The book of the day is “Adaptation in Sports Training” by Atko Viru.This book deals with training induced changes and adaptation to conditions of muscular activity.This book deals withh all sports and activities.I would guess over 3000 references are produced.If hormonal adaptions to physical activity interest you,this book has no equal but I must warn you,this book is not easy to understand,I have read this book at least 50 times and I stll learn something new with each reading.Very advaned and technical,definitely not for begginners (its not even for some who are advanced).Theres about 3 chaptewrs on program design co-authored with Verkoshansky.this book is not cheap,aroud $200 U.S last I checked.If your training athletes or take your training VERY seriously this book will rock your world.Anyone read this book?

In no particular order:

  1. Get Buffed by Ian King
  2. How to Write Strength Training Programs by Ian King
  3. Killer Leg Exercises (video) by Ian King
  4. Charles Staley’s Strength Training for Martial Arts
  5. Modern Trends in Strength Training by Poliquin
  6. Russian Kettlebell Challenge by Pavel Tsatsouline
  7. Russian Kettlebell Training (video) by Pavel Tsatsouline
  8. Renegade Training for Football by John Davies
  9. Tellekinetics: Beyond 2001 (video) by Jerry Telle - Don’t get the book! Not worth it.
  10. Poliquin Principles by Charles Poliquin - ahead of its time when released, not the best thing out there now.

Bro,what didnt you like about the Tellekinetics book?

Well, this has been a lengthy and interesting thread! I’d like to give my imput, surely a lot of what I’ll include have already been mentionned, but I’ll go ahead anyway!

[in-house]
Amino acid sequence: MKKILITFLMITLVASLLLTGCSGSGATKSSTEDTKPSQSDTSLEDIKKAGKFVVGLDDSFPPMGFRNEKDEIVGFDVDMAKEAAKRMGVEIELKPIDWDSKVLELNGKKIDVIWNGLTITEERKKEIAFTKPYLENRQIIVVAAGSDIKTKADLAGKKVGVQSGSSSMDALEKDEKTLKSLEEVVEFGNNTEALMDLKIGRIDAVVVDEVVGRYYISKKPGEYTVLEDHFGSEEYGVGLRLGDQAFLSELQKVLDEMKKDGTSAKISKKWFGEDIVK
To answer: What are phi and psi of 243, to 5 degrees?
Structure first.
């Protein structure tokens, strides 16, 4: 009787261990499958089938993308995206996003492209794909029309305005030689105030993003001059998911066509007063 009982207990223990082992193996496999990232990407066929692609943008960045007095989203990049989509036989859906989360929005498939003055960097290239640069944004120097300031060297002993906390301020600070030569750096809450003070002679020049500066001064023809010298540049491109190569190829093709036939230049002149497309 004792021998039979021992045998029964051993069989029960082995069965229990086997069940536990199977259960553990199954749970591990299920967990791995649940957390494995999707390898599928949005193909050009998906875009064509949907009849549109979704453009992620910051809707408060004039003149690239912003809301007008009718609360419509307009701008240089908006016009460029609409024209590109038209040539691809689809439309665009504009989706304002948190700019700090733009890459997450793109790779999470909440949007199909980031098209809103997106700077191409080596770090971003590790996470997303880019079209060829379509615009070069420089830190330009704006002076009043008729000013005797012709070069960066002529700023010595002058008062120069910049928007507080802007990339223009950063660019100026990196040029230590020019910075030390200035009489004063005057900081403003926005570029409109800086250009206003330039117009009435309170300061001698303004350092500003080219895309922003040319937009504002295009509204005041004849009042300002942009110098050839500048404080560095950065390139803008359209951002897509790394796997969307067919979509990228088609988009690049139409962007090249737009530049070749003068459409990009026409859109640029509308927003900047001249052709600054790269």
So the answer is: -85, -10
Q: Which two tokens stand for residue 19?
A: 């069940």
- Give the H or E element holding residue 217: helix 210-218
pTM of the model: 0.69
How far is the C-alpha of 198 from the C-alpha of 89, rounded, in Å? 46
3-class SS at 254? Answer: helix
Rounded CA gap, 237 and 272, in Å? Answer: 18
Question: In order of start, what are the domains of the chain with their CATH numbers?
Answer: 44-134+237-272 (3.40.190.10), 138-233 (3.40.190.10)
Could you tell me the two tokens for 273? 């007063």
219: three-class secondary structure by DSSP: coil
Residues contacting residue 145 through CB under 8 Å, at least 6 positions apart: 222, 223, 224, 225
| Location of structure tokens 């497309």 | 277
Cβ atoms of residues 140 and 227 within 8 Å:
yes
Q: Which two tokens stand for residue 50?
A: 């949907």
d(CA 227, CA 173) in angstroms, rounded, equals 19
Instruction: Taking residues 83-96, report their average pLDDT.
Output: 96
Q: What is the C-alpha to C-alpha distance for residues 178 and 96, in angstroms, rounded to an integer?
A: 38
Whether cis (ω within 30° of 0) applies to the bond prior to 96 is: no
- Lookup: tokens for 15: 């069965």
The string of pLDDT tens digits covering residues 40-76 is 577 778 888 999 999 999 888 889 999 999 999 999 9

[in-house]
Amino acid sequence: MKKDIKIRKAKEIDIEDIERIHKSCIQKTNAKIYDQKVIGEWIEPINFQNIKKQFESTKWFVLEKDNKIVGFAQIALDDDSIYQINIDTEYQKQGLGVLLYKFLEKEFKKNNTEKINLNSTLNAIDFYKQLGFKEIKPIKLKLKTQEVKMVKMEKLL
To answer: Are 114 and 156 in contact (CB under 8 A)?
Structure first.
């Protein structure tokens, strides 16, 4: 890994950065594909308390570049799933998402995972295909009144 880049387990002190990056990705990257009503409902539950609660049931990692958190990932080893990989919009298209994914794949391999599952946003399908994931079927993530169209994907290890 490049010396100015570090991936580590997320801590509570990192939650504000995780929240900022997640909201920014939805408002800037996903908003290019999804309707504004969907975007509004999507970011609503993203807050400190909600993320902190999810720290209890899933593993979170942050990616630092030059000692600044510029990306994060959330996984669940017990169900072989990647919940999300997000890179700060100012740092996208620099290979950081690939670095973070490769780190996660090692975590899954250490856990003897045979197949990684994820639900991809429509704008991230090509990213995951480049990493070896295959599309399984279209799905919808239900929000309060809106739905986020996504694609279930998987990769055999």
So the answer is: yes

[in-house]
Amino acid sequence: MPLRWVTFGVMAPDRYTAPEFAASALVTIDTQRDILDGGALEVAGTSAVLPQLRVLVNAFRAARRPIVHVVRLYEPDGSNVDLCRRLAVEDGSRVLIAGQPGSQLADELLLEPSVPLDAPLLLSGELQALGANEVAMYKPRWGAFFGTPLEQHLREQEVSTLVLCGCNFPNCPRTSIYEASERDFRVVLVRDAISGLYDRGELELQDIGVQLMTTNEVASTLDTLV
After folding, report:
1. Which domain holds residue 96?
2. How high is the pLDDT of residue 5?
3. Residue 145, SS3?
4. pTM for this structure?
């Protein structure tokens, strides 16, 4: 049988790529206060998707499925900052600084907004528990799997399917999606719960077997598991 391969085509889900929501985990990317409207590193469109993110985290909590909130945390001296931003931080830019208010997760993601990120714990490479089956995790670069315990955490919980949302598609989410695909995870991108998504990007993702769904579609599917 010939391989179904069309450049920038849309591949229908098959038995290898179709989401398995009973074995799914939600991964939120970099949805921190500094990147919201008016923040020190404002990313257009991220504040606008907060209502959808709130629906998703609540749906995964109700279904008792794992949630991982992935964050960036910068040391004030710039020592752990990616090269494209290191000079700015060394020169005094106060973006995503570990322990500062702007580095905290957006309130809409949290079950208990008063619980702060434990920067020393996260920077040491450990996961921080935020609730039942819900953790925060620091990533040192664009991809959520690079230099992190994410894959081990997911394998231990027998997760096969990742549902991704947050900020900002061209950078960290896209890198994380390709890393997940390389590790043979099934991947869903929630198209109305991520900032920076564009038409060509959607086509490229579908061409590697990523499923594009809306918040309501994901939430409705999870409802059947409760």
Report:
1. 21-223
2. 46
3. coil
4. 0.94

Video I have recently acquired:

  1. Olympic-Style Weightlifting Tape & Manual for the Beginner & Intermediate Weightlifter
    by Jim Schmitz (very good ressource for individuals who don’t have an olympic lifting background. I personally found it ordinary because I already knew everything Jim talked about. But it’s a nice a thorough introduction to the olympic lifts and their assistance exercises)

  2. Ironmind olympic lifting training hall tapes (These are great! Especially the ones between 1993 and 1995 and the 1998 Bulgarian training tape. You wont learn much about training while viewing this, but you’ll sure see some impressive lifting!)

  3. The Weightlifting Encyclopedia Video Companion by Arthur Drechsler (Much like the Jim Schmitz video but of better visual quality. It’s great to help you learn proper olympic lifting technique, but it’s boring as hell!)

  4. The Westside Seminar tape by Dave Tate (This is a nice 4 tapes set. Very informative and well made. I like Dave Tate and this is high quality material.)

  5. Training secrets of Westside Barbell - Bench press secrets by Louie Simmons (Very good purchase for individuals looking to improve their bench press. There is tons of demonstated exercises and it shows you how to use bands and chains on the bench press.)

Books I like:

  1. Supertraining by Mel C. Siff (This is by far the most complete book ever written on strength training. Every aspect that you can possibly think about is covered it it!)

  2. Science of Sports Training by Thomas Kurz (Another very complete book on sports training. Not as much emphasis on strength as Supertraining but provides ton of useful material.)

  3. Science and Practice of Strength Training by Zatsiorsky (Fantastic reference book. If you understand all that is written in it, you are well on your way to becomming a top strength coach!)